c# print barcode zebra Shuffling the Pieces in VS .NET

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Shuffling the Pieces
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You can shuffle the puzzle pieces using a fairly simple shuffle algorithm that goes through the array 100 times, picking out two random elements on each occasion; if the two elements are different, it swaps their contents. At the end, it loads the value 1 into the last element to recognize that it is the empty square.
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Part I Introducing Silverlight 3
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You can see the shuffle algorithm here:
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void shuffle() { // Initialize Board for (int n = 0; n < 15; n++) { board[n] = n; } Random rand = new Random(System.DateTime.Now.Second); for (int n = 0; n < 100; n++) { int n1 = rand.Next(15); int n2 = rand.Next(15); if (n1 != n2) { int tmp = board[n1]; board[n1] = board[n2]; board[n2] = tmp; } } board[15] = -1; }
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Now that the pieces are shuffled, the next step is to draw the board.
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Drawing the Board
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At this point, you have all of the blocks defined as Image elements within Canvas elements, and you have an array of integers, where the value at index n is the tile to display at that position. You ve also shuffled this array of integers, so now it s time to draw the game board. You can achieve this simply by using this code:
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void drawBoard() { int nx = 0; int ny = 0; for (int n = 0; n < 15; n++) { nx = n / 4; ny = n % 4; if(board[n]>=0) { cI[board[n]].SetValue(Canvas.TopProperty, Convert.ToDouble(ny * 100)); cI[board[n]].SetValue(Canvas.LeftProperty, Convert.ToDouble(nx * 100)); } } }
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3 Using Visual Studio with Silverlight
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This code loops from 0 to 14 (there are 15 blocks in the puzzle) and calculates an x,y coordinate for each block in a 4 4 grid. The x value is simply the integer division of the loop index by 4, and the y value is simply the modulus of the loop index by 4. If you multiply these by 100, you then get the right position to draw the Canvas element. At this point, you have fully initialized the game. The image is positioned on the right, and the shuffled board of image blocks is on the left.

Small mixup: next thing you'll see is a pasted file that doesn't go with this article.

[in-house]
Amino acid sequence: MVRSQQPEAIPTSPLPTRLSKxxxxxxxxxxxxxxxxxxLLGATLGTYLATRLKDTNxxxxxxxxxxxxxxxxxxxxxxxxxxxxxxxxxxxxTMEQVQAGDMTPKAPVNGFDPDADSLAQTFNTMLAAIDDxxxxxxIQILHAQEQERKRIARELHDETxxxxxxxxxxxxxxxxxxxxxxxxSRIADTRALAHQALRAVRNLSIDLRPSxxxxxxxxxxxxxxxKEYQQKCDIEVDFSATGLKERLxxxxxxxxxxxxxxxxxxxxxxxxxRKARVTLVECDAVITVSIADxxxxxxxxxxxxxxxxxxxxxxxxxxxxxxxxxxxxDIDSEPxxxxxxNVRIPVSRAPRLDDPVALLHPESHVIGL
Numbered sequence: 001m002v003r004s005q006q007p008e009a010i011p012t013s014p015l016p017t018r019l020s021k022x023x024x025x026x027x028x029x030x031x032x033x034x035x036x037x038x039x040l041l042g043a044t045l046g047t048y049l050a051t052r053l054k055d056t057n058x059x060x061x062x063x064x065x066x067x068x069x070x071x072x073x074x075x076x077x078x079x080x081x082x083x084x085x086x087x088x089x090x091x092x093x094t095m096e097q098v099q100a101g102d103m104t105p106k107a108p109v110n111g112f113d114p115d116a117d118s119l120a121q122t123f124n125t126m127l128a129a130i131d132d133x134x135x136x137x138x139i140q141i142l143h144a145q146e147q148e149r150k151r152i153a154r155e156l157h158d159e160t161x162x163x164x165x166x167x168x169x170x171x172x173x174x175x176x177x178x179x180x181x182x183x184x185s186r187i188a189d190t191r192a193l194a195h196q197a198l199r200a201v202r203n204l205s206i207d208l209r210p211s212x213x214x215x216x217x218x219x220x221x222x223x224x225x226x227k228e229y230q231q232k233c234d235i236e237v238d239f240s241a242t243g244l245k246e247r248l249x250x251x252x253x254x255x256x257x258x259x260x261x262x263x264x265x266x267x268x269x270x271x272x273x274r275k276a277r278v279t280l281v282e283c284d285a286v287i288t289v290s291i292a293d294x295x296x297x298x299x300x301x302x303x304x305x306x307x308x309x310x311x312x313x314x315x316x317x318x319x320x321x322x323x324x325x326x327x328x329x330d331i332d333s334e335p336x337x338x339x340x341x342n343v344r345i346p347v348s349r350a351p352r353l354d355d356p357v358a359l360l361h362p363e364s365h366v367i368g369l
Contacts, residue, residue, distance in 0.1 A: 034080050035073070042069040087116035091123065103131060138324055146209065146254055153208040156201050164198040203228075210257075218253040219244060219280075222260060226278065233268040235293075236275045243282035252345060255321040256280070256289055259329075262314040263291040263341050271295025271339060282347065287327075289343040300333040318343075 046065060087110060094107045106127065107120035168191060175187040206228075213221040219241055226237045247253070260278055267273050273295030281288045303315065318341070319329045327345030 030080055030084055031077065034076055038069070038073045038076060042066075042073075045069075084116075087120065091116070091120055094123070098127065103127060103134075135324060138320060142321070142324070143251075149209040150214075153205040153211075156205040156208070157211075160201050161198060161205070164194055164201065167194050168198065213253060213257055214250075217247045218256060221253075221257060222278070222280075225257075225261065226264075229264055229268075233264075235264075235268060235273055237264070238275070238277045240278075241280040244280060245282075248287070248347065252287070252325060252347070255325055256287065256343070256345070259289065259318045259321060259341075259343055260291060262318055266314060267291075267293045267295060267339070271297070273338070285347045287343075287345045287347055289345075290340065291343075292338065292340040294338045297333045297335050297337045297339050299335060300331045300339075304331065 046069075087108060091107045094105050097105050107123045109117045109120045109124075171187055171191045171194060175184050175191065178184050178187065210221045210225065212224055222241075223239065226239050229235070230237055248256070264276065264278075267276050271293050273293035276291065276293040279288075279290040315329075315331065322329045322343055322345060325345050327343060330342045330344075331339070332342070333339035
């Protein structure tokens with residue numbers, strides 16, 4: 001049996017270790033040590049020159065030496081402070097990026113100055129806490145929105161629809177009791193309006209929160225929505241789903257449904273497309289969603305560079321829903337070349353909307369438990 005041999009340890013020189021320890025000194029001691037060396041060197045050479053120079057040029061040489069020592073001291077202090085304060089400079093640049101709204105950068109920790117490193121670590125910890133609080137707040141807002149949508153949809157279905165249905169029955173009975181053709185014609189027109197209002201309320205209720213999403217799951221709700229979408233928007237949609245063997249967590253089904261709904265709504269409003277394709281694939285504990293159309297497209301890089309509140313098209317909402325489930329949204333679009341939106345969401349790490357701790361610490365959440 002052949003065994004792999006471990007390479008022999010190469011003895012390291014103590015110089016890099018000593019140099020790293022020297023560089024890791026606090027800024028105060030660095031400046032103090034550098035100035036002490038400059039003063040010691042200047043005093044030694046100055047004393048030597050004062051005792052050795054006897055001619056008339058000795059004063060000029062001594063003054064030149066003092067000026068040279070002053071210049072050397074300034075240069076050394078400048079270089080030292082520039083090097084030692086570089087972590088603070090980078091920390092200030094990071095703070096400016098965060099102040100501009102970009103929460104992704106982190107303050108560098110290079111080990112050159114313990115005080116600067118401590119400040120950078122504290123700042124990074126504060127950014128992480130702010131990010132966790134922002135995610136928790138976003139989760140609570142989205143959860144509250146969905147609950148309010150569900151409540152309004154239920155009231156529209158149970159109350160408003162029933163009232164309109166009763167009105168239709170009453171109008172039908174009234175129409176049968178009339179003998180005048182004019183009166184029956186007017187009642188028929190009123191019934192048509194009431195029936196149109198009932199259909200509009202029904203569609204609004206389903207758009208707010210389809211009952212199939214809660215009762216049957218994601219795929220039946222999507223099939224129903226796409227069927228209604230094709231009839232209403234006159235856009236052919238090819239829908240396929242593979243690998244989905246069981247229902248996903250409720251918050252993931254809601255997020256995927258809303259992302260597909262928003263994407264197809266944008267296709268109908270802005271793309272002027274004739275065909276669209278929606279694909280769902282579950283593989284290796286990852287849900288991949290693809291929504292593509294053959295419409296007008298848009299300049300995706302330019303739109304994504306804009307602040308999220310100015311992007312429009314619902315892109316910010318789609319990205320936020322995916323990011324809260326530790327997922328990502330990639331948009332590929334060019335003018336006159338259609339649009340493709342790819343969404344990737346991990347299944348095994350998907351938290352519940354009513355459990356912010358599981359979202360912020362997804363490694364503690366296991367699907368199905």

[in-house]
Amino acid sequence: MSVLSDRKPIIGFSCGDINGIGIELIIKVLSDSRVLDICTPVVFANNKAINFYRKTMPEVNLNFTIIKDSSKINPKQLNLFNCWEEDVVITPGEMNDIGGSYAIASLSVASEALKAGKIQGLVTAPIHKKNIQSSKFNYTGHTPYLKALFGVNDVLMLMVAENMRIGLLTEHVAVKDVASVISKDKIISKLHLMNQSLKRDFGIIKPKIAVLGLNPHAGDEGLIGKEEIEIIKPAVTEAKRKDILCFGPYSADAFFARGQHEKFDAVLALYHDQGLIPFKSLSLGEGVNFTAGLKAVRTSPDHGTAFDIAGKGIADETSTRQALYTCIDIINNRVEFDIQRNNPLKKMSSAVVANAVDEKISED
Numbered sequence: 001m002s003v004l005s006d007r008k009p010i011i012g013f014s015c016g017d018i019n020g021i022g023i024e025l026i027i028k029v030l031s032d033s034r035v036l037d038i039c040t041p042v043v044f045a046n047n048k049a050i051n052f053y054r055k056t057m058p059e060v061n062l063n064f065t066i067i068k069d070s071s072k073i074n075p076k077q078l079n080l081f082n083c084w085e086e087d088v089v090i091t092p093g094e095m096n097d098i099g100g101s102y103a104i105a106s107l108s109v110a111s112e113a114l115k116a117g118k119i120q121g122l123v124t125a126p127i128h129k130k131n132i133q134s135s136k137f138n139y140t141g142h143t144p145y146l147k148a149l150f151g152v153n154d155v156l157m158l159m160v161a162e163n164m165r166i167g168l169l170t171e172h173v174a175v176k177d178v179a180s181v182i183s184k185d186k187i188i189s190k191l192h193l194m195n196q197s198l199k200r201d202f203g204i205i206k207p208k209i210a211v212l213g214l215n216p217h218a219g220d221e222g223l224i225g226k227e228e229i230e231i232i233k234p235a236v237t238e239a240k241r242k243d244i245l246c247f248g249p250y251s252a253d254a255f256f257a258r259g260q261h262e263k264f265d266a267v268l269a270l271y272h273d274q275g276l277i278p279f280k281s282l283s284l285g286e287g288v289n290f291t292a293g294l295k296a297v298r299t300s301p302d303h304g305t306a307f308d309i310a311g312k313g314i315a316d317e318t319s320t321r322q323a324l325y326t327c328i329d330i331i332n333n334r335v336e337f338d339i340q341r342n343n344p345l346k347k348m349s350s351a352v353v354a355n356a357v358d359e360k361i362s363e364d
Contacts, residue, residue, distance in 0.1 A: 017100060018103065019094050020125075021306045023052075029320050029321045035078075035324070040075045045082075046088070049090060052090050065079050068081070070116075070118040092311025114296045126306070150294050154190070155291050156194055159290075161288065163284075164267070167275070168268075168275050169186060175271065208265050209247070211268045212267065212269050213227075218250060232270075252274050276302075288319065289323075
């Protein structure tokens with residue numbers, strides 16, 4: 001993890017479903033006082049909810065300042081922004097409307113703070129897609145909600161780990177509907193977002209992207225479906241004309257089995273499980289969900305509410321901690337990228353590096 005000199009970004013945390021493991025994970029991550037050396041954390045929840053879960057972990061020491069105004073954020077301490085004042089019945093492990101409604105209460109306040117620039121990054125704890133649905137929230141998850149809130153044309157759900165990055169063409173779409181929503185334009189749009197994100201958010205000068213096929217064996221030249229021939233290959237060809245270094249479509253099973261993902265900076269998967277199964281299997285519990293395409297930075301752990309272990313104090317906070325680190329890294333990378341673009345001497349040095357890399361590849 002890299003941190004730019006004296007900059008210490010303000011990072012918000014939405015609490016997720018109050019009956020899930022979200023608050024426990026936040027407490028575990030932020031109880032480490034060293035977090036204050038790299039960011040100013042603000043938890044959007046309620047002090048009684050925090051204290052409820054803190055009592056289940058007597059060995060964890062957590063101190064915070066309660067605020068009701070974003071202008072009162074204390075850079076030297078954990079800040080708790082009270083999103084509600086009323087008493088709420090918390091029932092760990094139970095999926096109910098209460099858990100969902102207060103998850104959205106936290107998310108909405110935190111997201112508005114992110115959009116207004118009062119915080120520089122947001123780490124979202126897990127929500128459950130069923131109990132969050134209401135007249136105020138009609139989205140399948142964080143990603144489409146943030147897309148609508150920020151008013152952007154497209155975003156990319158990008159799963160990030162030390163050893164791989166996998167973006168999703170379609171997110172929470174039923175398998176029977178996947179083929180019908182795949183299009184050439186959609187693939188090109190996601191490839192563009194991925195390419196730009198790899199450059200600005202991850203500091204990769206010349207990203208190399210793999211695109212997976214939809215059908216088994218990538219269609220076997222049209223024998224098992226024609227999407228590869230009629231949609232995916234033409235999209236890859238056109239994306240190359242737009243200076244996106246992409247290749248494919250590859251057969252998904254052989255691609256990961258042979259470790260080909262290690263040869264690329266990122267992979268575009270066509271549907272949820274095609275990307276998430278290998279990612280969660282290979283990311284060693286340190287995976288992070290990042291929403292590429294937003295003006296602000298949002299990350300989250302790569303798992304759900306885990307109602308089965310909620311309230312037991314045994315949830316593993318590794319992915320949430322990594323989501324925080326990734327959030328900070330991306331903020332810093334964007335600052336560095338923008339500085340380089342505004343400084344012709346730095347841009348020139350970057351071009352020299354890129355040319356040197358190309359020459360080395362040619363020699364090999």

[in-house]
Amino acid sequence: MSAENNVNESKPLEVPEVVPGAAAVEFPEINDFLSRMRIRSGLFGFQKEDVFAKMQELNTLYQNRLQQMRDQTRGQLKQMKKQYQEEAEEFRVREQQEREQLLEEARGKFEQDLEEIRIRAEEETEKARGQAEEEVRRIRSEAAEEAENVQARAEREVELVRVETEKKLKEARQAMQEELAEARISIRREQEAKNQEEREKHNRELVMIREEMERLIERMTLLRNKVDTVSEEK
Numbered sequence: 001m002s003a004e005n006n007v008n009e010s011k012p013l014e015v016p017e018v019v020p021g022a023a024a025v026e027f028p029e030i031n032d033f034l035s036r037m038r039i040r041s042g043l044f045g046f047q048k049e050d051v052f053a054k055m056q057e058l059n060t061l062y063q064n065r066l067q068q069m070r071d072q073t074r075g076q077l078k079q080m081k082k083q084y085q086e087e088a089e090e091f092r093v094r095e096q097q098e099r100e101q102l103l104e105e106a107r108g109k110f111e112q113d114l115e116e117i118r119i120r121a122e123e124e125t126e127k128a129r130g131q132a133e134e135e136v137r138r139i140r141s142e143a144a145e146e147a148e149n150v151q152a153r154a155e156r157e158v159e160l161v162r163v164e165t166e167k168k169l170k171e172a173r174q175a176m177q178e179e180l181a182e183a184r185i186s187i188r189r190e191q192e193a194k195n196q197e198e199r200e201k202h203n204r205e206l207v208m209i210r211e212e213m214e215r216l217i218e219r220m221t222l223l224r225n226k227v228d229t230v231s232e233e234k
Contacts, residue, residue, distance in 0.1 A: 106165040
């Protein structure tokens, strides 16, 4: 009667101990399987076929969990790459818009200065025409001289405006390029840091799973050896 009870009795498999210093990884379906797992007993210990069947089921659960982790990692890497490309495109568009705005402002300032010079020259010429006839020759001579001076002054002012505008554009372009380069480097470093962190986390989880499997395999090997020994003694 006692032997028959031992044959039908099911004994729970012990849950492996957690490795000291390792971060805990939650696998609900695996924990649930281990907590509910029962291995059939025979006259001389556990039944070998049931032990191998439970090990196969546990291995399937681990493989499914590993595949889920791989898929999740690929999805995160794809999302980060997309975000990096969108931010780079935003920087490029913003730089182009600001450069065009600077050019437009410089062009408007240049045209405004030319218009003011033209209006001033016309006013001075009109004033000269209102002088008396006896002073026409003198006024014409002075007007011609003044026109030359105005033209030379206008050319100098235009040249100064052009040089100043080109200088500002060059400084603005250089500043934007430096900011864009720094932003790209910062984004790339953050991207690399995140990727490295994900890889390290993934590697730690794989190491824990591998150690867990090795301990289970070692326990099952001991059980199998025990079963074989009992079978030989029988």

Handling User Control
The next thing to do is to start handling the user interaction. In a game such as this, the expected behavior is that the user clicks an image block, and if this block is next to the empty space, the block that the user clicked will slide into the space, leaving a new empty space behind. So, you need to handle the clicking of the Canvas containing the Image block. If you remember all the way back to the initialization of the blocks, you saw this line:
cI[nx].MouseLeftButtonDown += new MouseButtonEventHandler(Page_MouseLeftButtonDown);
This defines that the Page_MouseLeftButtonDown event handler will fire when the Canvas is clicked. This event handler has been wired up for each of the Canvas blocks. The code for this event handler has two sections. The first section identifies which Canvas raised the event and where that Canvas is in the board:
void Page_MouseLeftButtonDown(object sender, MouseButtonEventArgs e) { Canvas c = sender as Canvas; int nCanvasID = -1; int nBoardLoc = -1; int nEmptyLoc = -1; for (int i = 0; i < 16; i++) { if (c == cI[i]) { nCanvasID = i; break; } } for (int i = 0; i < 16; i++) { if (board[i] == nCanvasID) { nBoardLoc = i; } else if (board[i] == -1) { nEmptyLoc = i; } }
Part I Introducing Silverlight 3
So, for example, the player might have clicked the block that represents the upper-left corner of the finished image (block 0), but it is currently in the lower-left corner of the board (position 12). When the click event is raised, you would look through the array of Canvas elements that represent the blocks until you find one that matches the Canvas that was actually clicked, and from here you could get its index in the array, loading it into the nCanvasID variable (which in the previous hypothetical case would be 0). You can then scan through the board to find where item 0 is and, when you find it, assign this value to the nBoardLoc variable (which in the hypothetical case is 12) and, while you are at it, find the location of the empty space on the board and load that into nEmptyLoc. The second section of code then needs to check to see whether the player can move, and if so, it moves the block into the space and updates the board accordingly.
// Check if we can move if ((nBoardLoc == nEmptyLoc (nBoardLoc == nEmptyLoc (nBoardLoc == nEmptyLoc (nBoardLoc == nEmptyLoc { int nx = nEmptyLoc/4; int ny = nEmptyLoc%4; + + 1) || 1) || 4) || 4))
cI[nCanvasID].SetValue(Canvas.TopProperty, Convert.ToDouble(ny * 100)); cI[nCanvasID].SetValue(Canvas.LeftProperty, Convert.ToDouble(nx * 100)); board[nEmptyLoc] = nCanvasID; board[nBoardLoc] = -1; checkWinner(); } else { // do nothing }
To do this, you first check the position of the empty location relative to the position of the location of the block that the player clicked. If it is immediately above, below, to the left, or to the right of the current block, you can move it. Because the board is a one-dimensional array representing a 4 4 board, this is easy to do. Items to the left and to the right of the current item are off by 1 and +1, respectively, and items above and below are off by 4 and +4, respectively, so if you seek the blocks at these indices for the empty block, you know that the player can move.
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